Should the WHO be solely responsible for the Ebola situation in West Africa?

The World Health Organisation (WHO) received harsh criticism from a health panel consisting of the Harvard Global Health Institute and the London School of Hygiene and Tropical Medicine on the 19th of November, over its actions in containing the outbreak and spread of the Ebola virus throughout West Africa. According to them, the organization failed to handle the situation properly because of the delay in spreading awareness about the disease instead of as soon as it became apparent in March that it could not be controlled.

Ashish K. Jha, the Director of the Harvard Institute, stated that the time it took to declare a health emergency by the WHO was a costly mistake. In addition to this, the panel stated that the body’s inaction is largely responsible for the “immense human suffering, fear and chaos” that took place in the region.

The panel, which is focused on reforming the way infectious diseases are managed around the world, released its report a day after three new cases of Ebola were discovered in Liberia – a country the WHO had announced to be Ebola-free in September. According to Jha, cases of outbreaks, reviews and the aftermath highlight the world’s inability to assimilate important lessons in disease epidemics and this needs to change, especially in honour of the lives that were lost to the disease in West Africa.

Dr. Margaret Harris, the spokeswoman on Ebola for the WHO responded to the panel’s criticism by stating that their report, which outlines ten recommendations for the general management of infectious diseases, would receive the necessary consideration, along with those provided by other similar health groups.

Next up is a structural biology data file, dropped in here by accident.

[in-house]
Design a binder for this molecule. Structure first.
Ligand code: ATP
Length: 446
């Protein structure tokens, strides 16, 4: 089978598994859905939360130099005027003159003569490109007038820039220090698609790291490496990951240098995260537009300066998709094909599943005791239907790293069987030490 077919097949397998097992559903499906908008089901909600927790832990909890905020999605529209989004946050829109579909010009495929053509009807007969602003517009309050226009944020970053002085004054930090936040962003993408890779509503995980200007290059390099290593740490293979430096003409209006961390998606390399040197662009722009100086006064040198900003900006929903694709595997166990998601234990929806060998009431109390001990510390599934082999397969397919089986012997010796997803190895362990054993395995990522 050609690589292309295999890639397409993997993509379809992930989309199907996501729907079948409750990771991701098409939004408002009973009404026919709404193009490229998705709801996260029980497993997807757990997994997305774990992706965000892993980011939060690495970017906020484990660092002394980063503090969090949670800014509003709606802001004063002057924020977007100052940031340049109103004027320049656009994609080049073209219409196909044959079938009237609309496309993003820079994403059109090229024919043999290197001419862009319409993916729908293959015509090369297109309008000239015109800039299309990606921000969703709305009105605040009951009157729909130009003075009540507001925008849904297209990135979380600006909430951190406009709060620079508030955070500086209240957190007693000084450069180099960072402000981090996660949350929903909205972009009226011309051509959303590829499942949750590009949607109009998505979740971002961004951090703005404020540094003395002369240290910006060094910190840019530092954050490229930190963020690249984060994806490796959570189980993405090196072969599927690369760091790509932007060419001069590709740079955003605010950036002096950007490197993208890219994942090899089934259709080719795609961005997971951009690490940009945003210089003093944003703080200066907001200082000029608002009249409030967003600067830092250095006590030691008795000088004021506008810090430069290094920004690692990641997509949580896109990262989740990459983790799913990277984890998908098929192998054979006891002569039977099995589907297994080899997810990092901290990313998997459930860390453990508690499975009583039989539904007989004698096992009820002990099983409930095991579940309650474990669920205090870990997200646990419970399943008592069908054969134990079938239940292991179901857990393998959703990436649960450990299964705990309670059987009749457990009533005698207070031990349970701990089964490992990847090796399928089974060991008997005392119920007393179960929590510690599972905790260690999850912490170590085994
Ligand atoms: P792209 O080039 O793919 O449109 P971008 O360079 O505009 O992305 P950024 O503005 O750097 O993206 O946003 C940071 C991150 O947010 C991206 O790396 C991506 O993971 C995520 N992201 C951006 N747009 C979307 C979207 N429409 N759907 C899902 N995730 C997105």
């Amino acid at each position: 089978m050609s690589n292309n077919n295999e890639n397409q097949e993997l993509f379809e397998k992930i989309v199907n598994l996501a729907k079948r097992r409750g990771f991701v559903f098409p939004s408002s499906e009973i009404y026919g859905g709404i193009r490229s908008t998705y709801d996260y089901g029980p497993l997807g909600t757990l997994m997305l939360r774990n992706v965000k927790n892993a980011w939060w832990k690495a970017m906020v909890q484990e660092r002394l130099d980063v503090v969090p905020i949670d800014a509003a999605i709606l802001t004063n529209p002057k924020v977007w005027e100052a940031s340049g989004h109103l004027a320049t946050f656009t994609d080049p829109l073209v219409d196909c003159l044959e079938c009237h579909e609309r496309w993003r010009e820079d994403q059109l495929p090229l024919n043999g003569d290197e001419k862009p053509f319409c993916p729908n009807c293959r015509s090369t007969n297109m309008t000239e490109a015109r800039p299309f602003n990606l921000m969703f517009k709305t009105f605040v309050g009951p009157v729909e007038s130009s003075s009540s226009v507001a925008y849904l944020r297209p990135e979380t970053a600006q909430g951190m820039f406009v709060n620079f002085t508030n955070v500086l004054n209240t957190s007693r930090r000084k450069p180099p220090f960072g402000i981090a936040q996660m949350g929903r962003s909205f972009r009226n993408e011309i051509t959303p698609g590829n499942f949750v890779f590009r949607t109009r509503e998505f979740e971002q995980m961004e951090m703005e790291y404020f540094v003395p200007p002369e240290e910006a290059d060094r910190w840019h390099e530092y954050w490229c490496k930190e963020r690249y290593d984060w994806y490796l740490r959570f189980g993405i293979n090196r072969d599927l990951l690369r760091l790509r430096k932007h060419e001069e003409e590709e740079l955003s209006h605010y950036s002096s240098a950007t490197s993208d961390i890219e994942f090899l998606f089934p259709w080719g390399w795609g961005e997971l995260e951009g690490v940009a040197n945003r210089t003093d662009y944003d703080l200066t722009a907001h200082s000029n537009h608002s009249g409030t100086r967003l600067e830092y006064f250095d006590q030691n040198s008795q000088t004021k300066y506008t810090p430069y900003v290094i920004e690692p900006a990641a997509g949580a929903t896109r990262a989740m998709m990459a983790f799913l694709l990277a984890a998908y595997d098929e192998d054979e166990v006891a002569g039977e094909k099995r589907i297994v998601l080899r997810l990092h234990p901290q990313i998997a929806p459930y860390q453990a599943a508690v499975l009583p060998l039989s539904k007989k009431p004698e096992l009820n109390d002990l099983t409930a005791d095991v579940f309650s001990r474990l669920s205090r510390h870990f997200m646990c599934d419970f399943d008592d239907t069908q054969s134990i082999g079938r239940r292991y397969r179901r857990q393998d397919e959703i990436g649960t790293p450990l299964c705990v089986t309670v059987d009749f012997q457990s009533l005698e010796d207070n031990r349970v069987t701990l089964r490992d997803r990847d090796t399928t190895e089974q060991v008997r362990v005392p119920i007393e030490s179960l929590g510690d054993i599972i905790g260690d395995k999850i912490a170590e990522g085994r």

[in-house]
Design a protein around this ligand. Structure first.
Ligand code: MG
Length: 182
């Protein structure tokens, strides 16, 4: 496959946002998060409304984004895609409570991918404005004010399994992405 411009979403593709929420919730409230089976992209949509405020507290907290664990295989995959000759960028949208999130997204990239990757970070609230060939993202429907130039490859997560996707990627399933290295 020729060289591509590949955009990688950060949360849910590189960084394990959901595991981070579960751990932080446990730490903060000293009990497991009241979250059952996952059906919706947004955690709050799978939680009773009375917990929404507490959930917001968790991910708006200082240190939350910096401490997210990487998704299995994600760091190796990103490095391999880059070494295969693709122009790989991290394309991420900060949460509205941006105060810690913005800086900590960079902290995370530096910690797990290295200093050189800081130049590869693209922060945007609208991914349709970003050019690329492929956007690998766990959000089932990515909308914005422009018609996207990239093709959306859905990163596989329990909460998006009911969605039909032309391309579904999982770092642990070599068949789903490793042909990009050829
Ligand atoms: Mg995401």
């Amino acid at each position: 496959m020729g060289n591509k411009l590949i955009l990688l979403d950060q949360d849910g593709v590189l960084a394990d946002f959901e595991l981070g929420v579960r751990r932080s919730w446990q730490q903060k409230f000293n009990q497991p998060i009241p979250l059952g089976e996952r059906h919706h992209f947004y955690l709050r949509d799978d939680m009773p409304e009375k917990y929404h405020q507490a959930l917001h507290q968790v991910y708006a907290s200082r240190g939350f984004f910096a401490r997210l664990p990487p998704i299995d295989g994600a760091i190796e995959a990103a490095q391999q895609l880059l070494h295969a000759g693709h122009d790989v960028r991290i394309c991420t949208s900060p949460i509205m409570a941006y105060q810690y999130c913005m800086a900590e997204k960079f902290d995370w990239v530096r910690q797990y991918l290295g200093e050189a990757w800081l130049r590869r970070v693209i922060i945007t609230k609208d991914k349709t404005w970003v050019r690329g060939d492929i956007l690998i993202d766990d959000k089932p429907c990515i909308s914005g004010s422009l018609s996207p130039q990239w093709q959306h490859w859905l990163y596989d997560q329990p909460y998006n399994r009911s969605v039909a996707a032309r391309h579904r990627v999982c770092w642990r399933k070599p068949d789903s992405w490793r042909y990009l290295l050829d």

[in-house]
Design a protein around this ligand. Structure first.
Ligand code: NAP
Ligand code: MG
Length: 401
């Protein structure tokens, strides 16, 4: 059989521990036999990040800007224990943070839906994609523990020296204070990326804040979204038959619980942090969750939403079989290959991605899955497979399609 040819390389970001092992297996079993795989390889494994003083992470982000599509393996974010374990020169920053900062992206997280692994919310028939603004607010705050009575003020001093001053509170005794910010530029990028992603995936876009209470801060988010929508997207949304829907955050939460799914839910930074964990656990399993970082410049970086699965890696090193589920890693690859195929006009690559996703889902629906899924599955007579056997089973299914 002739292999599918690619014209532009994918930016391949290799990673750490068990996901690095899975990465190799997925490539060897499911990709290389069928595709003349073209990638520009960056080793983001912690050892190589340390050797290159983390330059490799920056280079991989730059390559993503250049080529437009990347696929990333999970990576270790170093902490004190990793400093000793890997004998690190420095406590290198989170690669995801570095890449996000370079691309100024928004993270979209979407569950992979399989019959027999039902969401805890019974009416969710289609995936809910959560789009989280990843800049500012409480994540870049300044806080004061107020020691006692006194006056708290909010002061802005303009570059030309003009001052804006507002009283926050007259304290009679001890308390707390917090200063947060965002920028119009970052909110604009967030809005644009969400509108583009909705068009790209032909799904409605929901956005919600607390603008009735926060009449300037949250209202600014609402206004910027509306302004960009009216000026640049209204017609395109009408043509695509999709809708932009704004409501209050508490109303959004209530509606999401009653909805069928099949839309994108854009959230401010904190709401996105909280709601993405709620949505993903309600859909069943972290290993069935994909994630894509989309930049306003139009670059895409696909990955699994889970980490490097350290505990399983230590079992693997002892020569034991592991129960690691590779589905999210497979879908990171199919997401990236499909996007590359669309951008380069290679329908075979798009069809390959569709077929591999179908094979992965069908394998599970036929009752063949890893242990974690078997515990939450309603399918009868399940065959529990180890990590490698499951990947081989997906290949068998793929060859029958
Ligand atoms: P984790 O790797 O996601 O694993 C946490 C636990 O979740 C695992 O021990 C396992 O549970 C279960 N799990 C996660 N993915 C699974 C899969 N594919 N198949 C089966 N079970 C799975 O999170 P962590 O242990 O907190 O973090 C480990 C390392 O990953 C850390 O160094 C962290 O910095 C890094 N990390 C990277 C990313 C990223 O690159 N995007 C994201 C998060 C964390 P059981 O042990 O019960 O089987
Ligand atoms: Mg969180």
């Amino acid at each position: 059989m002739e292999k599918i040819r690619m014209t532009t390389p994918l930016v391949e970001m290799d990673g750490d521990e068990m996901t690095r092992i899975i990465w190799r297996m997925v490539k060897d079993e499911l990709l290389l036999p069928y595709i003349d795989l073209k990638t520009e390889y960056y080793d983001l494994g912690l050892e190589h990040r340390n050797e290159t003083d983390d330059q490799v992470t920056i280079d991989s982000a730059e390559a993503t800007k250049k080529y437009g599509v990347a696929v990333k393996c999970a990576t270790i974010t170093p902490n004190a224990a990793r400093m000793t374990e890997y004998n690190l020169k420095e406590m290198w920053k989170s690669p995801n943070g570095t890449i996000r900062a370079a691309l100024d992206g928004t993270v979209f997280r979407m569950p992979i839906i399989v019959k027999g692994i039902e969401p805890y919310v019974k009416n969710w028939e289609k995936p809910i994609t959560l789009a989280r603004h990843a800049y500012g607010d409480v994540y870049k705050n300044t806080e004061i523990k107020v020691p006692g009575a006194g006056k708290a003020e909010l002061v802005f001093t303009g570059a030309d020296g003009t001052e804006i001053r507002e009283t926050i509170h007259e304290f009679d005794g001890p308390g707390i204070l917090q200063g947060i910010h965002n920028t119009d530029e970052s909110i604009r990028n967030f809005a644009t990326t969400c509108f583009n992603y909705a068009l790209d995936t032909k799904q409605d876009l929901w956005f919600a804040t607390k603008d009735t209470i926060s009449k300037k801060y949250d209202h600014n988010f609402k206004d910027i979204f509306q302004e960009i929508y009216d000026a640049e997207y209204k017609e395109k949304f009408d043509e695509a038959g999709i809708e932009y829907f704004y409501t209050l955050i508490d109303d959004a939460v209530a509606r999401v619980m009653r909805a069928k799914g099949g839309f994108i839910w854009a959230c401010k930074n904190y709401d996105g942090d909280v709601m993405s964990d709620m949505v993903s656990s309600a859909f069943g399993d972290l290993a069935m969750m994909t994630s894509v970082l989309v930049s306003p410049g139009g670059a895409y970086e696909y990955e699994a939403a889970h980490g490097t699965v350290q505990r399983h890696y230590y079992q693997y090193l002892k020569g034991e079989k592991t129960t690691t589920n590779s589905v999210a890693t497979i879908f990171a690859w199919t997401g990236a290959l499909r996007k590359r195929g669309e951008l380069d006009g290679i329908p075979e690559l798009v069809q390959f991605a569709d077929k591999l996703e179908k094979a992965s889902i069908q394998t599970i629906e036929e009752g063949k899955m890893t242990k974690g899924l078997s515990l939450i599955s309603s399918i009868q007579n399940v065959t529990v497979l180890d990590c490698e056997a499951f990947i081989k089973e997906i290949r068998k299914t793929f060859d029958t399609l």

Last year, Richard Brennan, the director of the WHO’s department of Emergency risk Management and Humanitarian Response disclosed that although the organisation could have responded quicker to the outbreak, a number of unexpected developments occurred after and these contributed to their tragic delay in response time. In addition to this, the organisation was largely constrained by budget cuts and the loss of valuable staff, amidst other internal struggles.

In their defense, the WHO’s first response to the outbreak of the deadly virus on March 23, 2014, was the deployment of technical experts and logisticians to the affected areas. Between that time and March this year, about 2,013 trained individuals were present in Guinea, Sierra Leone, Liberia, Nigeria, Mali, and Senegal. Their activities within that year accounted for their biggest emergency operation in history. The organisation, however, was not to follow up on the matter until the 8th of August, when they declared an international emergency. They then joined in the construction of treatment units and began providing medical teams in the region.

Meanwhile, the organisation, Doctors Without Borders, was already on the scene attending to emergencies in Gueckedou, Guinea where the disease sprung from. They had been in Guinea since 2011 working on HIV/AIDS and Malaria projects.

As at September 2014, the WHO was yet to boast of a coordinated response to the situation and hope for urgent containment faded with each passing day as more lives were lost. By January, the following year, it was determined that the poor health systems and a lack of basic infrastructure in the affected countries – among other shortcomings –  also presented a challenge in tackling the outbreak of Ebola in its early stages.

Also, community engagement, combined intervention efforts and adequate vigilance were encouraged to support the fight against the spread of the disease.

Sierra Leone was declared free of the virus on the 7th of November, but is now on a 90-day surveillance that would end in February 2016. According to the organisation, the current situation in Liberia highlights the importance of surveillance when it comes to combating the Ebola virus. Therefore, there is a need to improve upon this tactic as part of the joint efforts that can be made towards total elimination of the disease.

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